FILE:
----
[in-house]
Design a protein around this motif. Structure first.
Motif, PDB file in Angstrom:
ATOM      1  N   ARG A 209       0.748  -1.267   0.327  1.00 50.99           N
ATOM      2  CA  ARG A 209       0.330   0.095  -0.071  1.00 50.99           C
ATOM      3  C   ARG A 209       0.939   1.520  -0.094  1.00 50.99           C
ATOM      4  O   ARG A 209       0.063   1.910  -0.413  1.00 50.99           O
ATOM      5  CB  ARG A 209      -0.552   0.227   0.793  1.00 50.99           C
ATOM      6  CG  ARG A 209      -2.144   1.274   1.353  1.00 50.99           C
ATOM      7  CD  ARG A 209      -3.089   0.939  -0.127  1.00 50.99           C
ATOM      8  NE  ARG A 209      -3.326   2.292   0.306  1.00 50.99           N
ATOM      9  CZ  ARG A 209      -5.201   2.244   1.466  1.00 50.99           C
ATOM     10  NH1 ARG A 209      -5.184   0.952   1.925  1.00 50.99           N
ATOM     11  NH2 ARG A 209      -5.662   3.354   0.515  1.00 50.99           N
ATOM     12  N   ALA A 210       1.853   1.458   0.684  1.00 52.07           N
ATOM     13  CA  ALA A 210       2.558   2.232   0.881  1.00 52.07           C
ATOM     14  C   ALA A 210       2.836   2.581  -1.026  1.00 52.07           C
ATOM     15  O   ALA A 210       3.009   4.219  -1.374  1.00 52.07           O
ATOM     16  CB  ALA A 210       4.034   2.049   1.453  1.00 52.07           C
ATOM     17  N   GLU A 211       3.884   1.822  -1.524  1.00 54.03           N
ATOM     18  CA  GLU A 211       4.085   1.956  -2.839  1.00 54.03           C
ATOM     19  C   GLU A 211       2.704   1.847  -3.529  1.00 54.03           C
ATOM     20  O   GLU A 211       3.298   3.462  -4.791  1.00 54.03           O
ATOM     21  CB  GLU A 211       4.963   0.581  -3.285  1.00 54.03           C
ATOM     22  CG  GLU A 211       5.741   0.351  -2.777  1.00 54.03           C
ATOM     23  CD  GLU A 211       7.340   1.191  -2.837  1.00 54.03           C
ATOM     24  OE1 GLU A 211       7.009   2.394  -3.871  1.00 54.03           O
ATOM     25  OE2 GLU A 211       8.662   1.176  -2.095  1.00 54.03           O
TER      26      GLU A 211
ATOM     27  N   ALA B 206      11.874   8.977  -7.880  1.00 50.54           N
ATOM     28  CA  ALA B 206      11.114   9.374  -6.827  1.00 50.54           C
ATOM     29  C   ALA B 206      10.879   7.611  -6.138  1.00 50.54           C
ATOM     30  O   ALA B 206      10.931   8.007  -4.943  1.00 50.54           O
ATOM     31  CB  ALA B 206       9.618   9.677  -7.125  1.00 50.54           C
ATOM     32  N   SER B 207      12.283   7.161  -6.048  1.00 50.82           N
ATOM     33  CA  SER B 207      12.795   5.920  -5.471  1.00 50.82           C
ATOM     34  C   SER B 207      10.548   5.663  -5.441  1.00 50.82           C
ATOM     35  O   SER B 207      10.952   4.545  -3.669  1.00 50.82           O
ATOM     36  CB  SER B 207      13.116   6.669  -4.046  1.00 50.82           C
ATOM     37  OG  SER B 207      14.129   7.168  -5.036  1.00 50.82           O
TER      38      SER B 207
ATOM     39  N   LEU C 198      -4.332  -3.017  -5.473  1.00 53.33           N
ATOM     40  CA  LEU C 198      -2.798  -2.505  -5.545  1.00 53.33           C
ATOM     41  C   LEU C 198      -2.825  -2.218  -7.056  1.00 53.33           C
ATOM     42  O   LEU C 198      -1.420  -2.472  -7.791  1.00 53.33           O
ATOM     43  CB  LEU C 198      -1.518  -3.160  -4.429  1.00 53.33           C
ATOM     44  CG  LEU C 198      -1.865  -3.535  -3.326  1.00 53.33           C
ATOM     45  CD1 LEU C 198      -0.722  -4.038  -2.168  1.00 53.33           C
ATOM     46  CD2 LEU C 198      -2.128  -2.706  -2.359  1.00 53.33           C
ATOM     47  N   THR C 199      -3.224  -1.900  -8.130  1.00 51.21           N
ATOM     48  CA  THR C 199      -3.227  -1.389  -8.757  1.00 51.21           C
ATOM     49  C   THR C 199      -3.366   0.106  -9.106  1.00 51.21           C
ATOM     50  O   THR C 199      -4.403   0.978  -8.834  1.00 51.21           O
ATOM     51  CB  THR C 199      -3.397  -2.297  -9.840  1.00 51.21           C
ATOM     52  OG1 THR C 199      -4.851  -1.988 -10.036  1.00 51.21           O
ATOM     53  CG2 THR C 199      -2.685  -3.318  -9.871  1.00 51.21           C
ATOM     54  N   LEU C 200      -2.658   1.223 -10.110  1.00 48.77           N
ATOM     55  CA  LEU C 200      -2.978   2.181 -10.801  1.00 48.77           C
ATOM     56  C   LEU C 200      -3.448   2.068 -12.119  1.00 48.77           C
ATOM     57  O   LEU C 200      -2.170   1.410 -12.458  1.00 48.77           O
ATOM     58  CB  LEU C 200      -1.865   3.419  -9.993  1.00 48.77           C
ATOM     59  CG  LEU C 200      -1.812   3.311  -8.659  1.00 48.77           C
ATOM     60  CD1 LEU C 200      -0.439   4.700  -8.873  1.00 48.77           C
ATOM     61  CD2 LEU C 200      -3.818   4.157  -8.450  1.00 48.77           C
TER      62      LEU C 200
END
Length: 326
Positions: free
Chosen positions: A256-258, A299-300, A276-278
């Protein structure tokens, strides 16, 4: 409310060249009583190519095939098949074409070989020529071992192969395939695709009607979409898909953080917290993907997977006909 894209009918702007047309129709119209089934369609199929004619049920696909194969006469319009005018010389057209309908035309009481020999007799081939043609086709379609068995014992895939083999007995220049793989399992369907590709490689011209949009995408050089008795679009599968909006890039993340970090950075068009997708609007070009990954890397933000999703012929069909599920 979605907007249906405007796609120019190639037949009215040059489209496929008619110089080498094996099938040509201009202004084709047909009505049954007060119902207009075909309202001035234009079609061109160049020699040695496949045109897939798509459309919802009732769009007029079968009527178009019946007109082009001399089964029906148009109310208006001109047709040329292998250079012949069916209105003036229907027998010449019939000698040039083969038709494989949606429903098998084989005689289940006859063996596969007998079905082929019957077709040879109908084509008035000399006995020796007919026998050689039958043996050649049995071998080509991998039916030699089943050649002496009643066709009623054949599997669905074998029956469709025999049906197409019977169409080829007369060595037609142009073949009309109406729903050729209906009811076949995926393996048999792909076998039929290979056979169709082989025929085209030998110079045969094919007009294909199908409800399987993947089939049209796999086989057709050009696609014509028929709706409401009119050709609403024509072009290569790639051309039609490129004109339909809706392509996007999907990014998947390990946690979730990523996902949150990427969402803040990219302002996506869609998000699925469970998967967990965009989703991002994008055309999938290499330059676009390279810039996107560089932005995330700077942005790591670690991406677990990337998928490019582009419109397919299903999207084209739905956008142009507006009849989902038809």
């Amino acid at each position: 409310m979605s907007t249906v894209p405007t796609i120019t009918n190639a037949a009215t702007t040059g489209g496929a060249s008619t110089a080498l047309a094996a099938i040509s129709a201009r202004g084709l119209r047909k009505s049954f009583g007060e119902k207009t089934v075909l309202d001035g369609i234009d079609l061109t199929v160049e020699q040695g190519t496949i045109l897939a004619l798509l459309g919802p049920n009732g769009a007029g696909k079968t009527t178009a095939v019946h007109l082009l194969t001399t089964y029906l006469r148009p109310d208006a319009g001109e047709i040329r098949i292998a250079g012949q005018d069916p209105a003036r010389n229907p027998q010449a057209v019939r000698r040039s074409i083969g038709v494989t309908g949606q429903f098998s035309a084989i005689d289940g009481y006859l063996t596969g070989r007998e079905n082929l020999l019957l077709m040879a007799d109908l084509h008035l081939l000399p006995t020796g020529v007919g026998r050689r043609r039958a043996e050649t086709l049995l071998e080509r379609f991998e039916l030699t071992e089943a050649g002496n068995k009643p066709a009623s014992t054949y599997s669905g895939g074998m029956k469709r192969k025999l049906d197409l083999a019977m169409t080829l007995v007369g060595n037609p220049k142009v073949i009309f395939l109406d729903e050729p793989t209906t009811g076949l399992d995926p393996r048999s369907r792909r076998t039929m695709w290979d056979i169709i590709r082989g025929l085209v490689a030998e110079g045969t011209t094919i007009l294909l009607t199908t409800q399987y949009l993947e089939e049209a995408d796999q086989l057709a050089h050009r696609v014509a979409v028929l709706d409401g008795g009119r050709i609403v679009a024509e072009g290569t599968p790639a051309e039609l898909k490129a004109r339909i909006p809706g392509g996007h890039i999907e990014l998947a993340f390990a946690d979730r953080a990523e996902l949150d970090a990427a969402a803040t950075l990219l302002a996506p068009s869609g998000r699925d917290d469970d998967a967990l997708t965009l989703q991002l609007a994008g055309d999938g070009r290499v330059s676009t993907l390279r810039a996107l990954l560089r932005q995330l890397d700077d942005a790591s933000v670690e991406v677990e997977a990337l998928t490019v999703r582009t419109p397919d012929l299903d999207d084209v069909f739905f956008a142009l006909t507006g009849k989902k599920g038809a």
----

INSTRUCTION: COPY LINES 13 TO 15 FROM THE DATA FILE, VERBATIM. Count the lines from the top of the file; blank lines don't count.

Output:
ATOM     10  NH1 ARG A 209      -5.184   0.952   1.925  1.00 50.99           N
ATOM     11  NH2 ARG A 209      -5.662   3.354   0.515  1.00 50.99           N
ATOM     12  N   ALA A 210       1.853   1.458   0.684  1.00 52.07           N